What Is A Rejected Takeoff And Why Do They Occur?


When reading about incidents in the aviation industry, one sometimes comes across the term ‘rejected takeoff.’ This appears, at face value, to be a fairly self-explanatory phrase, although there are several aspects to the process. Let’s take a look at what exactly it entails.

French bee A350-900
In a minority of cases, pilots will have to abort their departure. Photo: Vincenzo Pace | Simple Flying

What is a rejected takeoff?

The term ‘rejected takeoff’ refers to incidents in which an aircraft’s pilots elect to abort their departure before reaching a critical speed. This measurement is known as ‘V1,’ and refers to the maximum speed an aircraft can reach on its takeoff roll and still have sufficient space to stop before the end of the runway. This is calculated before departure.

According to Skybrary, rejected takeoffs are typically categorized as either low-speed or high-speed. Manufacturers generally define the transition between these two categories as being somewhere between 80 and 100 knots. Manufacturers are also obliged to perform rejected takeoff tests on new aircraft, as Boeing did with its 777X in March 2020.

Boeing 777X
Boeing completed rejected takeoff tests on its upcoming 777X last year. Photo: Jay Singh – Simple Flying

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Reasons to abort a departure

Commercial aviation is an intensely safety-driven industry. As such, it is often better to be safe than sorry, and to take precautionary measures to stop a situation from escalating dangerously. This is why there are several reasons why a rejected takeoff might occur. Boeing states:

“A takeoff may be rejected for a variety of reasons, including engine failure, activation of the takeoff warning horn, direction from air traffic control (ATC), blown tires, or system warnings.”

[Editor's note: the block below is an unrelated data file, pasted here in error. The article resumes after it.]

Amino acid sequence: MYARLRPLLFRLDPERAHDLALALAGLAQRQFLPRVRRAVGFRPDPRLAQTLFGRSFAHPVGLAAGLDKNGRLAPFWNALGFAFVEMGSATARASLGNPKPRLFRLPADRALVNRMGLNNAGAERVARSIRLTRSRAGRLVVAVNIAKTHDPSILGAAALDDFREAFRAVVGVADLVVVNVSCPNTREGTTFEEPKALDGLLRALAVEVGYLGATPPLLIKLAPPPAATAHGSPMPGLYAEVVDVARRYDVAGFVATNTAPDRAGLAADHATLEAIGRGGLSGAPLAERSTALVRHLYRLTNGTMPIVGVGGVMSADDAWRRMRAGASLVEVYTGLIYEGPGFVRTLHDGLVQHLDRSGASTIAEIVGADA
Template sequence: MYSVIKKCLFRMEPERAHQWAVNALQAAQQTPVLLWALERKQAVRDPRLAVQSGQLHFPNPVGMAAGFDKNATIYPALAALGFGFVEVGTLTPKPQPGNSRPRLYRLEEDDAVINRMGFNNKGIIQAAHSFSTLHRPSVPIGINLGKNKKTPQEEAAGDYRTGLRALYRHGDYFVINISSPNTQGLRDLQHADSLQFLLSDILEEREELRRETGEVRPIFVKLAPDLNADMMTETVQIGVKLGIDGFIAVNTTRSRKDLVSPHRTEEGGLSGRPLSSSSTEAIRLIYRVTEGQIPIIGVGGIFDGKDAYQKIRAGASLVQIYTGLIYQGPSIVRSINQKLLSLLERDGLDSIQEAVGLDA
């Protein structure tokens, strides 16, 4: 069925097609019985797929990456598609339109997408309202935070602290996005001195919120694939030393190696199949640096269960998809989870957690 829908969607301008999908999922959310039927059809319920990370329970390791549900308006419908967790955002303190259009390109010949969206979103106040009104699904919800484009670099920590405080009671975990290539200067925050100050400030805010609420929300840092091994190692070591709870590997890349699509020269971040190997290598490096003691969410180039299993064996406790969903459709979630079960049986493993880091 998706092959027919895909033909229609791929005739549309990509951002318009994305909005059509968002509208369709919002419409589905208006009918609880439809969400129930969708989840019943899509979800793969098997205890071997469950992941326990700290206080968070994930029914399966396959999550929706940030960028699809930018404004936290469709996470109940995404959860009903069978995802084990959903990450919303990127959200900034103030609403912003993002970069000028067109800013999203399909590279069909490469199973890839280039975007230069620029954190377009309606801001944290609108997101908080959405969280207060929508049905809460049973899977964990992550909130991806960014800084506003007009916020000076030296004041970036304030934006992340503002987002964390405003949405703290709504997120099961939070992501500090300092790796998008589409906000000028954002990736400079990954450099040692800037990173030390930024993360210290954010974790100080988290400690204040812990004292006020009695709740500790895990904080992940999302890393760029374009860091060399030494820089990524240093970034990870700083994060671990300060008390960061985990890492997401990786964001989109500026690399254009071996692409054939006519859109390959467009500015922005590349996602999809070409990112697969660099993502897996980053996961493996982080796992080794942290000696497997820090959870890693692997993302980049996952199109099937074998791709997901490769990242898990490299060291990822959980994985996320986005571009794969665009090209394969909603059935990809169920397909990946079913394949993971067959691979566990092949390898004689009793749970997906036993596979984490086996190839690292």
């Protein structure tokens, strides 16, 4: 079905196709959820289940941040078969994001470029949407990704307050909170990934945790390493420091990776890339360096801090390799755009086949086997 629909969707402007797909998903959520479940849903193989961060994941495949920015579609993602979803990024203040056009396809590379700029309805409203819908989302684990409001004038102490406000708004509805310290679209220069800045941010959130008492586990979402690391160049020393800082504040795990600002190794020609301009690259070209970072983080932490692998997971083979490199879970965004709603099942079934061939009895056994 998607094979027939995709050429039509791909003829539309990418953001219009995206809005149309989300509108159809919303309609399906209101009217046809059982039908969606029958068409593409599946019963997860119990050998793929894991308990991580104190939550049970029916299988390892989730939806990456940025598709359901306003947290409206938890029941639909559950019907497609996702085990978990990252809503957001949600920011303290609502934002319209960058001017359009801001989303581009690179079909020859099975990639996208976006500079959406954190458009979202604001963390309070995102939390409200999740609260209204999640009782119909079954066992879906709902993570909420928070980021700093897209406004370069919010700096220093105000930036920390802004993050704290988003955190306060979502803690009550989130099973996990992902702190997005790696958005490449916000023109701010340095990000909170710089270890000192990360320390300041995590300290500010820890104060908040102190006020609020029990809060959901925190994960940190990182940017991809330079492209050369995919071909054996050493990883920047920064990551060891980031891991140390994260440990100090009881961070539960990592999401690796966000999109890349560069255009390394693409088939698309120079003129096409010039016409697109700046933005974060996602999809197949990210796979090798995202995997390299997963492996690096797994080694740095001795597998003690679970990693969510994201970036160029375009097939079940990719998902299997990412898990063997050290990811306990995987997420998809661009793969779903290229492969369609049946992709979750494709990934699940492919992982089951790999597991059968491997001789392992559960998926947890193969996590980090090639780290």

Plane committed to takeoff V1 speed
Pilots can choose to reject a takeoff for several reasons. Photo: Getty Images

Nonetheless, in many cases, issues during the takeoff roll can be overcome, rendering an aborted departure unnecessary. Indeed, the US aircraft manufacturer adds that:


The large number of takeoffs that continue successfully with indications of airplane system problems, such as master caution lights or blown tires, are rarely reported outside the airline’s own information system.(…) In fact, in about 55 percent of [rejected takeoffs], the result might have been an uneventful landing if the takeoff had been continued.”

Boeing 747 Heathrow Sunset Getty
Aircraft can sometimes continue their journey and land safely despite issues arising during takeoff.         Photo: Getty Images

Recent incidents

While rejected takeoffs are rare occurrences, they still happen more often than one might think. Indeed, Simple Flying has reported on several of these incidents in 2021 alone. For example, this January saw a LATAM Brazil Airbus A320 reject its takeoff in São Paulo. It later emerged that this occurred due to an engine failure, which occurred at a speed of just 20 knots.

More recently, in mid-March, a Transcarga International Airways Airbus A300 freighter experienced an uncontained engine failure that led to a rejected takeoff. Thankfully, its pilots were able to safely bring it to a stop on the runway in Bogotá, Colombia. The 37-year old cargo aircraft is yet to return to service, according to data from RadarBox.com.


However, these incidents are still ultimately an improbable phenomenon. Indeed, Boeing confirmed that they occur just once every 2,000-3,000 movements. Nonetheless, it is reassuring to know that safety frameworks surround them to ensure that, even when a takeoff is not rejected in the case of an issue, those onboard are at minimal risk.

Have you ever experienced a rejected takeoff? If so, what was the outcome of the incident? Let us know your thoughts and experiences in the comments.